Shelly Easton: Finding Rainbows
Submitted by: Sister Kristine Saunders, Archives
“Oh, am I late? I was having fun merchandising in Tutu’s and lost track of the time.” Merchandising? Fun? Shelly Easton certainly thinks so. She spends her days having fun making sure that the retail operations at the Polynesian Cultural Center are successful. Meet Shelly Easton, Director of Retail Services at the Polynesian Cultural Center.
Shelly grew up on the mainland in California. She and her two siblings spent every summer with their grandparents on the Big Island. They returned home each fall in time for school. While in high school, Shelly worked part-time in a local department store. She loved working retail and started working full-time upon graduation from Burlingame High School. The department store manager, Joyce Dorsey, recognized something special about Shelly and pulled her aside. “Shelly, you have to know how good you are. But you won’t go anyplace without a college degree.” Shelly will never forget Joyce Dorsey and the life-changing advice she gave one day on a sales floor. Shelly went to the prestigious Fashion Institute of Design and Merchandising in San Francisco California and got a degree in Retail Management.
Shelly has made a career of opening new stores for some well-known department store chains. One was in Hawaii. When the store she was with at the Ala Moana mall closed, Hilo Hattie’s was the next step in making Hawaii home for her family. After10 years with Hilo Hattie’s her next step was with Event Network who managed the retail operations at the Polynesian Cultural Center. Then she got her dream job. She was hired to oversee the retail operations for the Center and has been here for 12 years.
Just like Joyce Dorsey mentored her at a critical stage of life, Shelly wants to be that kind of influence in the lives of students at BYU-Hawaii. She wants to be that person who injects the “Kool” factor into Retail for that teachable student. The one who recognizes that results-driven person that she sees when she looks in the mirror. Shelly is excited about Retail because results, good or bad, are almost always immediate. You can see the results of buying choices made at trade shows and the effect of product placement in a store almost immediately. Her job at the Center is unique because she does something different every day and is not tied to an office and computer.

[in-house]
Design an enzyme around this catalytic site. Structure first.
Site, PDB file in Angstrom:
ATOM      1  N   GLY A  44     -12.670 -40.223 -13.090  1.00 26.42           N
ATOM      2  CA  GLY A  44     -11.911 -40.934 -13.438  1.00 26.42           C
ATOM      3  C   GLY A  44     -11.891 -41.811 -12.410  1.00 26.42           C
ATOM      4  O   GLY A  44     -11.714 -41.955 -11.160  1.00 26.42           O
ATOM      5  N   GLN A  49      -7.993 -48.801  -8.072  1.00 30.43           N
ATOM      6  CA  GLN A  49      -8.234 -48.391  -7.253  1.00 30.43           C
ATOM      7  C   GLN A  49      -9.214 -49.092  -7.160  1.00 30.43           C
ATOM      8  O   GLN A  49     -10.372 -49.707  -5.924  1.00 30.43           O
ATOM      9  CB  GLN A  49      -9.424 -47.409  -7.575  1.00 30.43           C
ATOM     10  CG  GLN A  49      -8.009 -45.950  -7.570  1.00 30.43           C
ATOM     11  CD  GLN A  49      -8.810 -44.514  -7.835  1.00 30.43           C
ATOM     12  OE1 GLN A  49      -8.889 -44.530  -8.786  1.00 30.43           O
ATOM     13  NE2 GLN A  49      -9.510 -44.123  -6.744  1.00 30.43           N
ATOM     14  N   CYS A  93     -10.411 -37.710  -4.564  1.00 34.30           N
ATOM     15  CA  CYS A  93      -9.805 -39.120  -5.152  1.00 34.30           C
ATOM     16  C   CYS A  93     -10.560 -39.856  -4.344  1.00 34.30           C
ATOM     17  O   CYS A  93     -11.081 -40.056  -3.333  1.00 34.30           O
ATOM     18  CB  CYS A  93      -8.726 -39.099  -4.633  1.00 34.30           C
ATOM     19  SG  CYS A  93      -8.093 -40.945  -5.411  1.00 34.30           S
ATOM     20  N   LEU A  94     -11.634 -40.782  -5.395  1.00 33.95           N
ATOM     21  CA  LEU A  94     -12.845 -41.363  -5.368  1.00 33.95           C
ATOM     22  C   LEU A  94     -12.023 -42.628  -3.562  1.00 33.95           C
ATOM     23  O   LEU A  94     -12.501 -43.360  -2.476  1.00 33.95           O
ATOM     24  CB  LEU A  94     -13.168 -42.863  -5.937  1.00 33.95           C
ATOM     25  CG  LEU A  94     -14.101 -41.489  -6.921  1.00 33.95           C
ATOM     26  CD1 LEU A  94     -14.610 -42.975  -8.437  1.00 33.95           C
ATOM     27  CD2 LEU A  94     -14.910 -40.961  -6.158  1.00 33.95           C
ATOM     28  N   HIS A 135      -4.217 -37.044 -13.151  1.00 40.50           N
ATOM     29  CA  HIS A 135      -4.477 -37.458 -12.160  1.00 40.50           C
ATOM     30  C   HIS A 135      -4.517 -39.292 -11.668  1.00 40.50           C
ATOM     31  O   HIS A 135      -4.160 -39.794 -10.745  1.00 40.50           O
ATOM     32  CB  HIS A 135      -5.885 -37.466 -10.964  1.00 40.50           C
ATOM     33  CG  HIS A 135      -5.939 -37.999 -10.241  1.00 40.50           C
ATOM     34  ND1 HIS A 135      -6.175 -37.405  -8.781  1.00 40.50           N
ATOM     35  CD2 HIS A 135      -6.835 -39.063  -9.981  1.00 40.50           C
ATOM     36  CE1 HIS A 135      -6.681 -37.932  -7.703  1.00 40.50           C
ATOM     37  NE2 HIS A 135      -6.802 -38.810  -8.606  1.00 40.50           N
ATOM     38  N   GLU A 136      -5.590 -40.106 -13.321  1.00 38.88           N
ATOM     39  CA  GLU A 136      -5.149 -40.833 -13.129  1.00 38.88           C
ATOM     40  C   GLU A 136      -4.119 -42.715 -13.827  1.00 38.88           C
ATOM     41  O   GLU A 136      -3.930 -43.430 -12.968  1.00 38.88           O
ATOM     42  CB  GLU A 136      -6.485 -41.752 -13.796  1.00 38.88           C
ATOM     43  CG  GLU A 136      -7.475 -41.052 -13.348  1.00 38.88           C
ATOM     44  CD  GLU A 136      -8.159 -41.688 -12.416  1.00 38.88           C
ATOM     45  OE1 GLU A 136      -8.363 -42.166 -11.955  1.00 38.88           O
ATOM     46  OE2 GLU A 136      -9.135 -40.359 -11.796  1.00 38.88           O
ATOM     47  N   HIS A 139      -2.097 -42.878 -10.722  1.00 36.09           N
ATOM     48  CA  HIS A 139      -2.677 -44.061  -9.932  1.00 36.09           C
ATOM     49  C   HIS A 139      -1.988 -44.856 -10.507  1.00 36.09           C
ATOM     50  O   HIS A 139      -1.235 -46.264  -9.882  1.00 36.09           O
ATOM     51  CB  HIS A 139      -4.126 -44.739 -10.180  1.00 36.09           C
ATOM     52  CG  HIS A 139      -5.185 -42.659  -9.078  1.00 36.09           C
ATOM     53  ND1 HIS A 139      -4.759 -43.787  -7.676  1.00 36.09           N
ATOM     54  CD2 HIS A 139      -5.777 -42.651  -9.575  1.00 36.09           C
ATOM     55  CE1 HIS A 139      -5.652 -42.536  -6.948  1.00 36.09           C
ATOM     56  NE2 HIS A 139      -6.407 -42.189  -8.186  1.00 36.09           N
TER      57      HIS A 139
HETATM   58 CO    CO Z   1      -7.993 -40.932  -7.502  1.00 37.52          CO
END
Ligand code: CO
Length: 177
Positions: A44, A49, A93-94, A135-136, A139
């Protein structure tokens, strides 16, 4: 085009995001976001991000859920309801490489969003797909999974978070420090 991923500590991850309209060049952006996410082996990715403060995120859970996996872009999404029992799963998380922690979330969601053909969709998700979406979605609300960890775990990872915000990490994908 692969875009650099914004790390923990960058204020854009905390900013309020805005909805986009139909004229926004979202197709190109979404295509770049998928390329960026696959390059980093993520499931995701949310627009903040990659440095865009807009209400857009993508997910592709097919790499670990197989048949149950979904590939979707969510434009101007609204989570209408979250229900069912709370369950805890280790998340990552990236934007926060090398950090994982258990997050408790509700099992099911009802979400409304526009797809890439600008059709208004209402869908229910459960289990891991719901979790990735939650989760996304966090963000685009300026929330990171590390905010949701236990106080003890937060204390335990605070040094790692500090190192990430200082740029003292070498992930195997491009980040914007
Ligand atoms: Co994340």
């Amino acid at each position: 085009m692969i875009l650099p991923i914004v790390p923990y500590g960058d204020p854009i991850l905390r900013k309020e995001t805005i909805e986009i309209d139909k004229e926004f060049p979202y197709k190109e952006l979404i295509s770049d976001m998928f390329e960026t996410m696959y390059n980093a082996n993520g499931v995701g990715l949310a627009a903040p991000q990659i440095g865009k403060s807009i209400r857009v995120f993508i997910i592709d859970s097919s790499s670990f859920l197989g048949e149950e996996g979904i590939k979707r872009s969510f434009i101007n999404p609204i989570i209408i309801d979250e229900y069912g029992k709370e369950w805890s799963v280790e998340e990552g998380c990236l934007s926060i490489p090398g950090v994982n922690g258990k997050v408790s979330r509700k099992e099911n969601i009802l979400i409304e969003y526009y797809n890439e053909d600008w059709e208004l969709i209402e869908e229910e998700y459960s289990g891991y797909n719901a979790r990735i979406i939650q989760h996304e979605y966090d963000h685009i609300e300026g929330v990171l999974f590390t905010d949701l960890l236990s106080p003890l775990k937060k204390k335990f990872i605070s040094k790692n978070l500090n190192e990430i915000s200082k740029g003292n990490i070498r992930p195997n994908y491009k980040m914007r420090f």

Over the years Shelly has met many famous people. “Joe Montana and Dwight Clark and their wives were customers of mine and really super nice and fun to work with.” She also has a special memory and picture with President and Sister Uchtdorf. “I was extremely impressed with Elder Uchtdorf and his wife Harriet. I was able to give them a tour of the stores before the dedication of the Marketplace and again two years ago at Christmas time when they were here for a family vacation.” President Uchtdorf really liked the wooden decoration, so “we painted Mele Kalikimaka on it and gave it to him.”
COVID made a huge difference to the retail operations at the Center. Between June and September 2020, Retail lost all but two employees, Shelly, and her helper Jamie Kelley. Initially, the downtime was a blessing because they did projects that there wasn’t time to do before COVID-19. Facilities were painted, cleaned, and inventoried. Most days, Shelly and Jamie filled orders from the website. They would pull orders in the morning and the students who were still here mailed the orders in the afternoon.